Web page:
26 11 10 - 06:51I wonder how much money two houses and enough labor to quietly dig a half-mile tunnel cost?
U.S. authorities say they have discovered another extensive drug tunnel that stretches from a home in Tijuana, Mexico, to San Diego, California.
The half-mile tunnel, discovered Thursday morning in a warehouse in the Otay Mesa area of San Diego, is close to a similar one federal agents found earlier this month, the U.S. Immigration and Customs Enforcement agency said. - CNN
The drug war can be won only if we stop going for the pushers. For them, the situation is infinite: money exists if they just quit their day jobs and go for it.
If we go after the users, on the other hand, we raise the cost of drugs not monetarily but in the sense of "I might spend six months in sodomy camp, so this joint isn't worth it."
Having seen most of my generation obliterate themselves on drugs, I think the War on Some Drugs (WoSD) is a good thing. 99% of the people out there cannot handle drugs. Over a decade, almost 100% cannot. It's too much of a distraction from life: either you live life to win, or you compensate with drug use.
I believe that in the future we'll see a rise of "contract cities" that make a simple trade. In response to your signing away your rights to alcohol, drugs and possibly nicotine, they provide a better service at a lower rate. It's like Costco or Sam's club requiring you to buy a membership card. You give up anonymity and "I can do anything I want!" in exchange for a better product.
There may be other rules, too, like no cars in the front yard, lawns always maintained, etc. Unlike current HOAs, which enforce rules limply on neighborhoods, this would be a binding contract relating to your ability to live in the community. You break it, and they throw you out.
This would prevent all of the blight that turns our suburbs into ghettos and our inner cities into wastelands. The first screwups get thrown out, so their friends don't come, and other people don't relax their own standards.
Such cities might even have rules like "no SUVs" or that you can only produce one huge bag of trash per week. Again, for trading off your right to do whatever you want, and forcing yourself to behave like a reasonable person, you get lowered cost. And of course: smarter people around you, lowered crime, and no blight.
The only people this would appeal to are the upwardly-mobile, entrenched (multiple generations) middle classes. For everyone else, it seems like a real imposition. "No glass of wine with dinner? You fascist!" -- but it's not just about you, dear heart, and your glass of wine. It's about the effect of alcohol on a community. And even if YOUR glass of wine is OK, it's the one that's OK out of 100 -- the other 99 contribute to bad things, so we don't want them in our community.
I bet that community would prosper. Would it be boring? Only if the only way you can have fun is to get ragingly intoxicated, which so far hasn't worked for six generations of American intellectuals. In fact, it has done nothing but allow them to be pointlessly brilliant at their day jobs, having drunk themselves into a pleasant haze the night before.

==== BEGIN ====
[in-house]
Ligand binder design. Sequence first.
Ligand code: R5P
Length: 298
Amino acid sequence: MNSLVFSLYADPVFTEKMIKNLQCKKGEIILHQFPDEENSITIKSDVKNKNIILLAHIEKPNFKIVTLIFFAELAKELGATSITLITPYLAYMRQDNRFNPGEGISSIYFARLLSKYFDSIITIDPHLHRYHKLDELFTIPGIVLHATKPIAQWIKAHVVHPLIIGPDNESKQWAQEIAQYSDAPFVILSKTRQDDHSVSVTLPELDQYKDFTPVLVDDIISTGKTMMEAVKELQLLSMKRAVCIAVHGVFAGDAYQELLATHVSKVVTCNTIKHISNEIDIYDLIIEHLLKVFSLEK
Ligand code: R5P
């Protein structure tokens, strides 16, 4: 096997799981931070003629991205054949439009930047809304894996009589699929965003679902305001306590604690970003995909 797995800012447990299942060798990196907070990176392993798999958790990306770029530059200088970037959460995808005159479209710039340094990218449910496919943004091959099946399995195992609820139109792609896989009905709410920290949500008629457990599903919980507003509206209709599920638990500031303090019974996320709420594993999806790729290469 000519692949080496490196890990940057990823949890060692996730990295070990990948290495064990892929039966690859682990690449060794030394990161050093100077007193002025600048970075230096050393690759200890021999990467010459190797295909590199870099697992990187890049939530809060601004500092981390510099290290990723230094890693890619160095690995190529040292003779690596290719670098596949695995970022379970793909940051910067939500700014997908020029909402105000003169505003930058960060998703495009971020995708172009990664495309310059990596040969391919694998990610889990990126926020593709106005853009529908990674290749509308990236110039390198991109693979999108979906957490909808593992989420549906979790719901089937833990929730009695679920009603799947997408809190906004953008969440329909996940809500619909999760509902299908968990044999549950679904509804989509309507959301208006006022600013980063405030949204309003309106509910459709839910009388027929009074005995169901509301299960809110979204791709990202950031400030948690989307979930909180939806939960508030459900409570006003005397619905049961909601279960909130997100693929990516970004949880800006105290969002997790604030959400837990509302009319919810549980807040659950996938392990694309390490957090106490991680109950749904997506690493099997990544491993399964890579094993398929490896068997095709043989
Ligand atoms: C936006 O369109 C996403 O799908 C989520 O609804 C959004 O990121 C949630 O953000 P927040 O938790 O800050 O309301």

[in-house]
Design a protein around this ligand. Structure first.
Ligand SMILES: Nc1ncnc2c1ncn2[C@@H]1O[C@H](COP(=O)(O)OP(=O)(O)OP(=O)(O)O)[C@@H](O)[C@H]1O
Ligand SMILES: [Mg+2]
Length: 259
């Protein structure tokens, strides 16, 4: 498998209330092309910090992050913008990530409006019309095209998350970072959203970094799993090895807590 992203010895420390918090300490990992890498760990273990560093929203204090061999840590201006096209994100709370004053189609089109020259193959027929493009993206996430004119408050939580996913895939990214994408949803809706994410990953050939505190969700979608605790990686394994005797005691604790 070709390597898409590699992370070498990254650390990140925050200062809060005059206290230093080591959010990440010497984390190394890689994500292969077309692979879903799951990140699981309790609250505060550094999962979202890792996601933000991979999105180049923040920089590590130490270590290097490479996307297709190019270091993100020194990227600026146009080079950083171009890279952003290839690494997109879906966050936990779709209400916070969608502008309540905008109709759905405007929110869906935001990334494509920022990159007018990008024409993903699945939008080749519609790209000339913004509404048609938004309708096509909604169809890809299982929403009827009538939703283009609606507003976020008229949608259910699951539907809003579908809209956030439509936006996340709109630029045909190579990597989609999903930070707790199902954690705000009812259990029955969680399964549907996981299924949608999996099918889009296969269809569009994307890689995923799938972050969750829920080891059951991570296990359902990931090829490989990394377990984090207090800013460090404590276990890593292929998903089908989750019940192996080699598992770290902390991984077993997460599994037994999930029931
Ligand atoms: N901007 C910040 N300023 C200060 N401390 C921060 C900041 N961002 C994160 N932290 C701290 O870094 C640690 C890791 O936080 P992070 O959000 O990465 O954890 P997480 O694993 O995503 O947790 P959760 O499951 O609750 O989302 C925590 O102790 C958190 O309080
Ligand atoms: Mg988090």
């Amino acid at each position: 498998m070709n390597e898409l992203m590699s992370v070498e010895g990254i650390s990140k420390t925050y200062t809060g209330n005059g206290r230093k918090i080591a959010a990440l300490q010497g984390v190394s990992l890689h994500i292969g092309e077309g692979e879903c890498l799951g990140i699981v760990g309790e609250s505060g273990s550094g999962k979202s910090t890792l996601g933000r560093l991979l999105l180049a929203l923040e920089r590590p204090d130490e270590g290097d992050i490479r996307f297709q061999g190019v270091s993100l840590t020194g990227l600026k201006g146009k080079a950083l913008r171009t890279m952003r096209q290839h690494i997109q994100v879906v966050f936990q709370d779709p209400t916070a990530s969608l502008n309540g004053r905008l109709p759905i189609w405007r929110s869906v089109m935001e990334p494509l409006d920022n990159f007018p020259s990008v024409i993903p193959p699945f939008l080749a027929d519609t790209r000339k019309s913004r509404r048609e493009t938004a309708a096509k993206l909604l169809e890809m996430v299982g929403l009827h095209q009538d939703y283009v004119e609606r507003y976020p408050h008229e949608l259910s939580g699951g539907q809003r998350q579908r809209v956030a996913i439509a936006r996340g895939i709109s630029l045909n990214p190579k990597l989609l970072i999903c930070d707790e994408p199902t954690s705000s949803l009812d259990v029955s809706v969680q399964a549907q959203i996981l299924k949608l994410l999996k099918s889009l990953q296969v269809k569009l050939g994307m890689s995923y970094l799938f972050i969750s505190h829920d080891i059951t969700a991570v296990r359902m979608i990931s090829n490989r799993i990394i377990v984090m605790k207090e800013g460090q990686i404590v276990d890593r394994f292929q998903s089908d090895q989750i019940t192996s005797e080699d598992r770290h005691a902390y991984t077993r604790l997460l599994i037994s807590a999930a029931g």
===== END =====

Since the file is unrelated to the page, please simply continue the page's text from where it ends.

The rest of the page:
Most Americans will squeal and yell about the very idea that someone might restrain THEIR right to something on the basis that the community as a whole cannot handle it. But the community affects them, even if they're too dumb to notice how, so you make rules for the community. It's not personal. (Hint: recognizing this fact about the universe is maturity itself.)
If you want to win the drug war, stop looking at it from the "saving lives" and "putting away bad guys" perspective. Instead, be honest: you want a community where drug use and its social consequences are not an issue, so you want to remove drug users. This starts by putting them in prison, and ends with you sequestering them and others with criminal records to the outskirts of society.
Will you spend time enforcing this in Humboldt, California? Hell no... you need an escape valve where people can go to get high if they're the 1% who've decided they're going to shape their lives around this drug, and don't mind re-arranging everything else in their lives to do this. American policy regarding marijuana always was this way, for the record.
They busted in the cities, not the countryside, at least until 1937 when they decided that marijuana, the counterculture and Communism occurred more commonly together than not. They were right because impaired judgment underlies all three. Impaired judgment was a violation of their community standard.
If we look at drugs and other social programs through the filter of community standards, the question becomes easy: gay marriage? not here, go to gay-friendly place. Drugs? Not here. Rusting cars and refrigerators on lawns? Pollution? Not here. And we'll bust you, not the dealer, because YOU made the bad choice. Then the dealer goes back to his day job, and we bust him for something else.
All of human endeavors, politically, consists in creating justice: good for the good, bad for the bad. The bad of course always lie, while the good never do, so there's a layer of complexity. But when a society is healthy, it has no problem blaming the user, removing the user, and then going on about its merry way without much drama.